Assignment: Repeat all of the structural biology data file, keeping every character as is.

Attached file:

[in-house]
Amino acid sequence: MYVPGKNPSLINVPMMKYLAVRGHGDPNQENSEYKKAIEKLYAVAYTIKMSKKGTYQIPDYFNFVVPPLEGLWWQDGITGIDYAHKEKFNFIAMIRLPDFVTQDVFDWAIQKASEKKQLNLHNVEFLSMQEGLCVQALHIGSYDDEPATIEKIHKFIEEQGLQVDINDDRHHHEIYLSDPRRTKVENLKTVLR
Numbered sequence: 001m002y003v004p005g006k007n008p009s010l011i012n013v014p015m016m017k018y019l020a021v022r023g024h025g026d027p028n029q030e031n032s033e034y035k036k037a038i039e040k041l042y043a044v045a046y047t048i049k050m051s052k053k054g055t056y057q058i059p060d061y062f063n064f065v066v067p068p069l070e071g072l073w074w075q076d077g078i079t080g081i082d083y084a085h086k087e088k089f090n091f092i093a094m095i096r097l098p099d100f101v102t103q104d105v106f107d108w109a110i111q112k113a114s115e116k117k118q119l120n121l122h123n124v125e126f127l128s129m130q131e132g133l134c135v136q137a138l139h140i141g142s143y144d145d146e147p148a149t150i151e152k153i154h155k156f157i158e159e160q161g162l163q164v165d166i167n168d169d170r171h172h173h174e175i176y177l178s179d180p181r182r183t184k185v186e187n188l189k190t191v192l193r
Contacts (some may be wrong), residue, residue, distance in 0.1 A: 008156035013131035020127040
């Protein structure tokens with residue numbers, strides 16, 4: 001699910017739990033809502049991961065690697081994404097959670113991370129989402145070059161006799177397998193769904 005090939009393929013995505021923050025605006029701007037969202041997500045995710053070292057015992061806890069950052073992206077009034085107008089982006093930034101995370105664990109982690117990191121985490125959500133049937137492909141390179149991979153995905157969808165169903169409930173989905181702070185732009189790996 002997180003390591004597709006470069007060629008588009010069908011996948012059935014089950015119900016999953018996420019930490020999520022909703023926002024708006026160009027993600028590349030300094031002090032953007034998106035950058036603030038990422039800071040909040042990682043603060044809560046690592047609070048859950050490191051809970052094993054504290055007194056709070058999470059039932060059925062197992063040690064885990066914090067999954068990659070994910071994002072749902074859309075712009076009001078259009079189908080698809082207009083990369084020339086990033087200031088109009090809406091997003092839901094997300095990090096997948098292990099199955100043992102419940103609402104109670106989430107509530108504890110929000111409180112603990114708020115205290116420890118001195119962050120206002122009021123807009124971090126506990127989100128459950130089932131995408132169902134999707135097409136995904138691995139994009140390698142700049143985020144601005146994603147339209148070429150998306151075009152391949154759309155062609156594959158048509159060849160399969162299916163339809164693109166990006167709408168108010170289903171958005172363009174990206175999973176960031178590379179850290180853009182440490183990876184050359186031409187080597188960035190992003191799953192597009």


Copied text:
[in-house]
Amino acid sequence: MYVPGKNPSLINVPMMKYLAVRGHGDPNQENSEYKKAIEKLYAVAYTIKMSKKGTYQIPDYFNFVVPPLEGLWWQDGITGIDYAHKEKFNFIAMIRLPDFVTQDVFDWAIQKASEKKQLNLHNVEFLSMQEGLCVQALHIGSYDDEPATIEKIHKFIEEQGLQVDINDDRHHHEIYLSDPRRTKVENLKTVLR
Numbered sequence: 001m002y003v004p005g006k007n008p009s010l011i012n013v014p015m016m017k018y019l020a021v022r023g024h025g026d027p028n029q030e031n032s033e034y035k036k037a038i039e040k041l042y043a044v045a046y047t048i049k050m051s052k053k054g055t056y057q058i059p060d061y062f063n064f065v066v067p068p069l070e071g072l073w074w075q076d077g078i079t080g081i082d083y084a085h086k087e088k089f090n091f092i093a094m095i096r097l098p099d100f101v102t103q104d105v106f107d108w109a110i111q112k113a114s115e116k117k118q119l120n121l122h123n124v125e126f127l128s129m130q131e132g133l134c135v136q137a138l139h140i141g142s143y144d145d146e147p148a149t150i151e152k153i154h155k156f157i158e159e160q161g162l163q164v165d166i167n168d169d170r171h172h173h174e175i176y177l178s179d180p181r182r183t184k185v186e187n188l189k190t191v192l193r
Contacts (some may be wrong), residue, residue, distance in 0.1 A: 008156035013131035020127040
């Protein structure tokens with residue numbers, strides 16, 4: 001699910017739990033809502049991961065690697081994404097959670113991370129989402145070059161006799177397998193769904 005090939009393929013995505021923050025605006029701007037969202041997500045995710053070292057015992061806890069950052073992206077009034085107008089982006093930034101995370105664990109982690117990191121985490125959500133049937137492909141390179149991979153995905157969808165169903169409930173989905181702070185732009189790996 002997180003390591004597709006470069007060629008588009010069908011996948012059935014089950015119900016999953018996420019930490020999520022909703023926002024708006026160009027993600028590349030300094031002090032953007034998106035950058036603030038990422039800071040909040042990682043603060044809560046690592047609070048859950050490191051809970052094993054504290055007194056709070058999470059039932060059925062197992063040690064885990066914090067999954068990659070994910071994002072749902074859309075712009076009001078259009079189908080698809082207009083990369084020339086990033087200031088109009090809406091997003092839901094997300095990090096997948098292990099199955100043992102419940103609402104109670106989430107509530108504890110929000111409180112603990114708020115205290116420890118001195119962050120206002122009021123807009124971090126506990127989100128459950130089932131995408132169902134999707135097409136995904138691995139994009140390698142700049143985020144601005146994603147339209148070429150998306151075009152391949154759309155062609156594959158048509159060849160399969162299916163339809164693109166990006167709408168108010170289903171958005172363009174990206175999973176960031178590379179850290180853009182440490183990876184050359186031409187080597188960035190992003191799953192597009």